bill-jennifer-photoMy father told me a joke the other day that went like this.  “An old man and his wife needed some white bread and milk, so the husband decided to go down to the store to buy some.  His wife said “you’d better write it down or you’ll forget what to get.”

He of course said he wouldn’t, and even though she’s pressed him to write it down, off he went without doing so.  About 45 minutes later he arrives back with a tub of Vanilla ice-cream – no bread, no milk.  His wife is now clearly annoyed and says “See I told you you should have written it down, I knew you’d forget – I wanted Chocolate!” 

And my Dad laughs hard, as he reflects how the joke applies to him and Mum.  The thing is, this is about the sixth time he’s told me the joke – and the sixth time I’ve laughed at it with him and Mum.  Dad is 81 and Mum is 79 and they’re both amazing, but they are starting to lose their memory – particularly Mum who has been diagnosed with early onset Alzheimer’s.

Like many people their age they remember some things very clearly, and other things not at all.  Both are in excellent health and Dad is still sharp as a tack – he reads the daily Canadian and Australian News on his computer, loves strolling the streets of our home town Winnipeg and the great cities of the world (Rome, London Jerusalem) on Google Earth, and reads on his Kindle constantly because he can enlarge the print.

Mum works in the garden, helps out my sister and listens to music on her iPod, and together they regularly take care of my young nephew – building Lego models and helping him with his school work.

But they are losing their memories, and Mum in particular is aware of how it affects her.  Dad can’t drive since a stroke partly blinded one eye eighteen months ago, and just recently Mum was told she can’t drive anymore because of her memory loss, which may be a good thing as when she was on her own she got lost every now and again.  It has had a massive impact on them, mostly mum as she now can’t do so many things and being around dad all the time is driving her crazy.

This story is familiar to many people, and the question is always what can be done about it?  The answers of course are somewhat complex and best left to specialists, but we’re trying to help where we can, and we’ve found some simple iBrain technology very useful.  For instance – before Mum lost her license she had a GPS programmed with the major places she needed to go, and she loved using it – just following the oral instructions when needed.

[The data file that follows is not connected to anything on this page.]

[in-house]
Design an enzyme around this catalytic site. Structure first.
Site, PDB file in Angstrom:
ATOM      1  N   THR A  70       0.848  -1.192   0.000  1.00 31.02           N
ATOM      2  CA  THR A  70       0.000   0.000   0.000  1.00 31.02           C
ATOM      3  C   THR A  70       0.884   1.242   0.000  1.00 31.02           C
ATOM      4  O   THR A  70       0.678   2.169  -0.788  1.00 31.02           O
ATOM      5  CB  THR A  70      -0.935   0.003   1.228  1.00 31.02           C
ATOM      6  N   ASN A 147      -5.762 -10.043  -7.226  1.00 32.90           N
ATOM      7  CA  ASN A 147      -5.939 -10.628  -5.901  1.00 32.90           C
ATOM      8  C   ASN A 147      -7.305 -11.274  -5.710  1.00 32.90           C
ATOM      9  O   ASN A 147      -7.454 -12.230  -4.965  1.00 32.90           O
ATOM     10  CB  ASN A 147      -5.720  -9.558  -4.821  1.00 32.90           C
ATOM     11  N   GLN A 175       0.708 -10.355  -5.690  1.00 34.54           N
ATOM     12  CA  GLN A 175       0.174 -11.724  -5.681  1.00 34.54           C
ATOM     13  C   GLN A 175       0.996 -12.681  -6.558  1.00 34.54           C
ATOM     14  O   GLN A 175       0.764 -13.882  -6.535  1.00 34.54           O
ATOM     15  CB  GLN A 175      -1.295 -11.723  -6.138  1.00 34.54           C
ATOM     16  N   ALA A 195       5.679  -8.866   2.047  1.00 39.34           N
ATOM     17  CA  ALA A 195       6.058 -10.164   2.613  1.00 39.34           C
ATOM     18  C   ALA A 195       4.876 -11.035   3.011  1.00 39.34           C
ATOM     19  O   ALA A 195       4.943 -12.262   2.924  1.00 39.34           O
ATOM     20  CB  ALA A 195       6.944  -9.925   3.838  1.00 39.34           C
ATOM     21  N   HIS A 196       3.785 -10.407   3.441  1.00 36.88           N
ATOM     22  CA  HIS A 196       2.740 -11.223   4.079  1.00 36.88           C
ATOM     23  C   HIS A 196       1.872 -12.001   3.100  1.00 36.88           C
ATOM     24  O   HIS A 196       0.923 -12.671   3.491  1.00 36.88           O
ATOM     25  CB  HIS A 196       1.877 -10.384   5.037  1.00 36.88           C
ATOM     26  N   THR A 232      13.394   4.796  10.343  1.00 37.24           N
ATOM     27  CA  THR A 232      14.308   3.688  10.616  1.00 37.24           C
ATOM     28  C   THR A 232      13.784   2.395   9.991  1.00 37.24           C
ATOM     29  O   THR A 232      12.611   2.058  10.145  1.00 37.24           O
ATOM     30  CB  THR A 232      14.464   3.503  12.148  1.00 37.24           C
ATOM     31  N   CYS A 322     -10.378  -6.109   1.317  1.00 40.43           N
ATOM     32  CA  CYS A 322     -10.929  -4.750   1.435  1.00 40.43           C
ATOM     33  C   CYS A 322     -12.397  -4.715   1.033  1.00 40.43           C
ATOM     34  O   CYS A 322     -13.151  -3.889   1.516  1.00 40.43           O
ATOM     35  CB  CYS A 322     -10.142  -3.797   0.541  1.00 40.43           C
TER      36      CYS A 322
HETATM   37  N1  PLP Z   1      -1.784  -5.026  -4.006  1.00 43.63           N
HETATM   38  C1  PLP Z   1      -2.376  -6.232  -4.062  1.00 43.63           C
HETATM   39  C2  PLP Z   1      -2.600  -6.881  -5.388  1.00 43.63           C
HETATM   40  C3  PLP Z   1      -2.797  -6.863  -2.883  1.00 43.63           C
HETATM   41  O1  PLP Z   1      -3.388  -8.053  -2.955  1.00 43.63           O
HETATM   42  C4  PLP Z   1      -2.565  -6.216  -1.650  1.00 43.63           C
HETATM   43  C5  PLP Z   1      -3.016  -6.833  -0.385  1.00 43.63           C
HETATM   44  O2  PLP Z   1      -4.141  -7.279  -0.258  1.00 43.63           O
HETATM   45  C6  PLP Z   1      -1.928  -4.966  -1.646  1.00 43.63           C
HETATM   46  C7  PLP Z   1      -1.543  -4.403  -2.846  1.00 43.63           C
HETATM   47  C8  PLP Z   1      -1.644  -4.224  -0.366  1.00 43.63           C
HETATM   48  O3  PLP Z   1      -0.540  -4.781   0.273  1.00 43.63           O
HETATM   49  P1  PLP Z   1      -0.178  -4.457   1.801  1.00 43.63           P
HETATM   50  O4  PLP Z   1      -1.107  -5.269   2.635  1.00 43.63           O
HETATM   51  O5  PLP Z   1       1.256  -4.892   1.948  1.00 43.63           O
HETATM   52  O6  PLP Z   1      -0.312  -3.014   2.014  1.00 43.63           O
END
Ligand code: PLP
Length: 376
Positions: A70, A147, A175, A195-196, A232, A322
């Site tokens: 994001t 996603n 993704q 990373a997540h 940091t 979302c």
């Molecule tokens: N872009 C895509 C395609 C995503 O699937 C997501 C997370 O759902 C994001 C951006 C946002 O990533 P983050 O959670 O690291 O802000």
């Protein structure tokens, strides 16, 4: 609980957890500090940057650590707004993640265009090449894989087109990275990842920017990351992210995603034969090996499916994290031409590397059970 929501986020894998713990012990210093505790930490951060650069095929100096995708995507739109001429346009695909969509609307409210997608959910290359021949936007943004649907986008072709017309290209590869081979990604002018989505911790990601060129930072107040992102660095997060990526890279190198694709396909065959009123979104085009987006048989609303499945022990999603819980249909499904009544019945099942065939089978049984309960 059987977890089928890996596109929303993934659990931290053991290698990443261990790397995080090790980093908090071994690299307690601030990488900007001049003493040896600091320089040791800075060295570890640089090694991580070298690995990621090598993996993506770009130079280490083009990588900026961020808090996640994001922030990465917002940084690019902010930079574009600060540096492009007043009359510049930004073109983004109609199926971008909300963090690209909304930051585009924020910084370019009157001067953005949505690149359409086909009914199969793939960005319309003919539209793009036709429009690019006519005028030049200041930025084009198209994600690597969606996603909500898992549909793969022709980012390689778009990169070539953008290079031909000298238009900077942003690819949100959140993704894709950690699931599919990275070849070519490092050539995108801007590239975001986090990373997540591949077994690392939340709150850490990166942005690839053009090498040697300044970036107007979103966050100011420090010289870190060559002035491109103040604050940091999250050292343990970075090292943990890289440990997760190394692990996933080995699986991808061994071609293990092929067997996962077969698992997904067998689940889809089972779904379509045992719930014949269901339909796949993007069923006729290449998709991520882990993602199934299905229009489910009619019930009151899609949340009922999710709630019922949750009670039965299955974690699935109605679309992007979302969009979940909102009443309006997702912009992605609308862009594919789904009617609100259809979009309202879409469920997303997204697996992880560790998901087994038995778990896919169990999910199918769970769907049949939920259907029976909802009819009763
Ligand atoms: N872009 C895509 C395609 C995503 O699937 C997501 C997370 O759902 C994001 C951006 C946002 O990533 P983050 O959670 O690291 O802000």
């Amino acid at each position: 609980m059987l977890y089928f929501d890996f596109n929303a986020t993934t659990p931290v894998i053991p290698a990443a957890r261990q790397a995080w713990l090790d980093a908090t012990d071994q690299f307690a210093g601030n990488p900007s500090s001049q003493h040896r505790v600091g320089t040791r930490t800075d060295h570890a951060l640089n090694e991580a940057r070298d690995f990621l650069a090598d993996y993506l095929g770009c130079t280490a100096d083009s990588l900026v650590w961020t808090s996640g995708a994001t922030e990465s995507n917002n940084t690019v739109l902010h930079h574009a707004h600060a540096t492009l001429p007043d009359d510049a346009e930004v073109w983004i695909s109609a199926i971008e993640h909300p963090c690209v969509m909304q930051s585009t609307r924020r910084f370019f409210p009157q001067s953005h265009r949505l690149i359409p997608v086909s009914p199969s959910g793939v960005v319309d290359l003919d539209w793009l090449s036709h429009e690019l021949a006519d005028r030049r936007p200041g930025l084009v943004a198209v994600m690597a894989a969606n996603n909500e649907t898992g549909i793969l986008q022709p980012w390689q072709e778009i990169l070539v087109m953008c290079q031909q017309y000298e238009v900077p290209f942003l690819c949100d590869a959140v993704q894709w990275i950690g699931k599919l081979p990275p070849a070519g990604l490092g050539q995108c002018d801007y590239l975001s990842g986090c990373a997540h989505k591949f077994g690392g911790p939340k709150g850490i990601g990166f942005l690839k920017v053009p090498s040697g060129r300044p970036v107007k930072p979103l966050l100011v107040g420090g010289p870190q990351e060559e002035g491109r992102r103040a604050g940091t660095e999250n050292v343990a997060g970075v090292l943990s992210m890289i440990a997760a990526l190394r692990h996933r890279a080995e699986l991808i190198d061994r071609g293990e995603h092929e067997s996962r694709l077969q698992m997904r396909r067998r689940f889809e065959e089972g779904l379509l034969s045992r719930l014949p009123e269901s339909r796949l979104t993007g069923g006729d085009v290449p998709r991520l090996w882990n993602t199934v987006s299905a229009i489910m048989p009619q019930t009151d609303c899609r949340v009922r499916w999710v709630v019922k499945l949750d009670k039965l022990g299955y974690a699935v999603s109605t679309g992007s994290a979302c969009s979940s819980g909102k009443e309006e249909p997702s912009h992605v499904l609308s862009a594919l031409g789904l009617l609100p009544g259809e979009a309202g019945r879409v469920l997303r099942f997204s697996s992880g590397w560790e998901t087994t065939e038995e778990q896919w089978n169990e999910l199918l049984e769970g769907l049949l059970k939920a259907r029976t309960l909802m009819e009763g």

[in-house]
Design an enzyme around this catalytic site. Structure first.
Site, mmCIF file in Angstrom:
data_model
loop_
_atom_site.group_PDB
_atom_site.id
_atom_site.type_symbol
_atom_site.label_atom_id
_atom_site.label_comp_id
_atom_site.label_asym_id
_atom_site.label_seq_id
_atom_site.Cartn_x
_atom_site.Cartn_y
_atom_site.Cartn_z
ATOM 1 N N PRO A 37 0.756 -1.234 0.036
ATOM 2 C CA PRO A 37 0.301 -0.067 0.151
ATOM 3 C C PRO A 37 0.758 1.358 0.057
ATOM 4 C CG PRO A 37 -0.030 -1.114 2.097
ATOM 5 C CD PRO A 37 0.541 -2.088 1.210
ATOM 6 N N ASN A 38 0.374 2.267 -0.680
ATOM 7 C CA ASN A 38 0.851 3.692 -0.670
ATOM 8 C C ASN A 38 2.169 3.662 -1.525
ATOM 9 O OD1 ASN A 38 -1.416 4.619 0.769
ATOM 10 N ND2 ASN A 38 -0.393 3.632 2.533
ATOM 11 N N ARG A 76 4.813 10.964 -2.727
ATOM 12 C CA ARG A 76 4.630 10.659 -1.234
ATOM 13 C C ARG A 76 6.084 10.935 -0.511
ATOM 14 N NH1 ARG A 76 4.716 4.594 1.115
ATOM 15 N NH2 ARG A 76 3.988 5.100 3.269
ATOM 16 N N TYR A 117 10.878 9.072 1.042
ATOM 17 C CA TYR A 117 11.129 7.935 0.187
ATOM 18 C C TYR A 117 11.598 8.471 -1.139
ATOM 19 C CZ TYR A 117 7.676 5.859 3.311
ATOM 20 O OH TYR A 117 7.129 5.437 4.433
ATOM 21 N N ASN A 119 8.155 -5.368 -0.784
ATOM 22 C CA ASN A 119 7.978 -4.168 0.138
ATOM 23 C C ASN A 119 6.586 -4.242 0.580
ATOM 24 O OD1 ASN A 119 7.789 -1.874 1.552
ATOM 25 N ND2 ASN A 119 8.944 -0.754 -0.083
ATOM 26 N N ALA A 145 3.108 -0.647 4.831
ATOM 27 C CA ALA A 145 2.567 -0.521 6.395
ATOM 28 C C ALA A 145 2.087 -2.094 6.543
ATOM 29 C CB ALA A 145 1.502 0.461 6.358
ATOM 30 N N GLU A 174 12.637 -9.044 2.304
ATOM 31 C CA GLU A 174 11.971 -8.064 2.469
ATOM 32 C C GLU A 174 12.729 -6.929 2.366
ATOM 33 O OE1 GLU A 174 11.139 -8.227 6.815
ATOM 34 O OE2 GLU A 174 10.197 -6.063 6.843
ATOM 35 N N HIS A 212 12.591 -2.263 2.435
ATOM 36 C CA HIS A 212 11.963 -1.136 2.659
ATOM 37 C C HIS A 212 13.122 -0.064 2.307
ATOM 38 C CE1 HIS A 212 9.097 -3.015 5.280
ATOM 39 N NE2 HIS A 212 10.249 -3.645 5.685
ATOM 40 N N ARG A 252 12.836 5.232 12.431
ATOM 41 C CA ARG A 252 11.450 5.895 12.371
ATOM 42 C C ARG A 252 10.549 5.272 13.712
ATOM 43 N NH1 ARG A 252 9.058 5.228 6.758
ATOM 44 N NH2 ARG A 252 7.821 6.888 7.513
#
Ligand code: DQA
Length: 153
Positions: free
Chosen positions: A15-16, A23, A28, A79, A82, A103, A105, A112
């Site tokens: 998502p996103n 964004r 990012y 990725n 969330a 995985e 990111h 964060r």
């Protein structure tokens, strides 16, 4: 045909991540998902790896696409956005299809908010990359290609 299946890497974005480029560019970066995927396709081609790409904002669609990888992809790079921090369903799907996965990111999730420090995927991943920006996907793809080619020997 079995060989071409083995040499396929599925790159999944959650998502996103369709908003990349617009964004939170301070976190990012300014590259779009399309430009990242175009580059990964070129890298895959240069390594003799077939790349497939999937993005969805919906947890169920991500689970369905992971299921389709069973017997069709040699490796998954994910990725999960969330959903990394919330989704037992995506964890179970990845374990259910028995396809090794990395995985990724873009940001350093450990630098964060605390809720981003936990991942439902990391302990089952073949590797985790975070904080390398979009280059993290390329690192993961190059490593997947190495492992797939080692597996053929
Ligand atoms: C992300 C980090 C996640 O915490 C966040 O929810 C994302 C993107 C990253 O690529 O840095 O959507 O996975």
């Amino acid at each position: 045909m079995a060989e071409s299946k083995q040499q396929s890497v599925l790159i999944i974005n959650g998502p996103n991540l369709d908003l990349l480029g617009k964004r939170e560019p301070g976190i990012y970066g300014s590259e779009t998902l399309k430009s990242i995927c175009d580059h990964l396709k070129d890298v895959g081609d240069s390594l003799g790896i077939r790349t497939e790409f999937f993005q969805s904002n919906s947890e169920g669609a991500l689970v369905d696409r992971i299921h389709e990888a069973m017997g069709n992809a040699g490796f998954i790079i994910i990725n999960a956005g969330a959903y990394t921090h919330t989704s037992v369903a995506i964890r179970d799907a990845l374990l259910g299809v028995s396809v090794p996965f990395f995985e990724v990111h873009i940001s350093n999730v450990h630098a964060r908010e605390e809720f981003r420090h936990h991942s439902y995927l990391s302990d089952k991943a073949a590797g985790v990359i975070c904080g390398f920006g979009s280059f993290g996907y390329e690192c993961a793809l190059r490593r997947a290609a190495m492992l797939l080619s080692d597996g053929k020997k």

Last year Mum and Dad came on a once in a lifetime trip with Jennifer and me to London, Paris, Hong Kong and Macau.  Other than a couple of trips between Australia and Canada since we came to Australia in 1972, they’d never been on any serious overseas trip together.  When they heard we were going, they expressed interest in coming along, which we loved organising with them.  Problem was, after a fabulous four weeks, once back in Brisbane, Mum couldn’t remember anything about the trip, and Dad was perhaps getting a little frustrated having to remind her.  After the trip Mum even avoided our regular family and friends’ BBQs because people would ask her how she enjoyed the trip, and she was embarrassed she didn’t remember.

To help out, Jennifer loaded all the photos from the trip to an electronic Photo Frame, and I set it up to come on automatically each day in their apartment, and mum loves it.  It brings the trip back to life, and she is remembering more and more all the time.  Similarly for their 60th Wedding Anniversary, I took all the photos we got and produced a simple video slide-show for them.  You can see this at https://www.mindwerx.com/jarrard-family-page.

We’ve given Mum an iPad to help remind her when to take medicines, and encourage her to use it more and more for recipes etc.  The aim of course is to do anything that helps keep her mentally active, and make some things a bit simpler so she doesn’t get frustrated and give up.  We’d love to get her doing some of the Age Proof Your Brain exercises, and when Jen is with her, she’ll slip these into their conversations as just a sort of fun discussion.

We hope visiting, talking and doing interesting stuff will help.  It’s hardly advanced memory training, and sometimes we need to accept that memory will suffer, but we hope the little things we are doing will help delay the affects.

So does memory matter?  You bet it does! 

And it’s never too early to start developing good memory skills.  Which is why I’m also helping out the World Memory Sports Council with their current crowdfunding campaign.  Have a look at what they do and join me in supporting the development of memory.  http://www.crowdfunder.co.uk/investment/promoting-the-importance-skill-o…

Lastly.  If you have any hints, tips, ideas, and techniques that will help older people overcome memory loss, or fend it off please write them here as a comment.  Thanks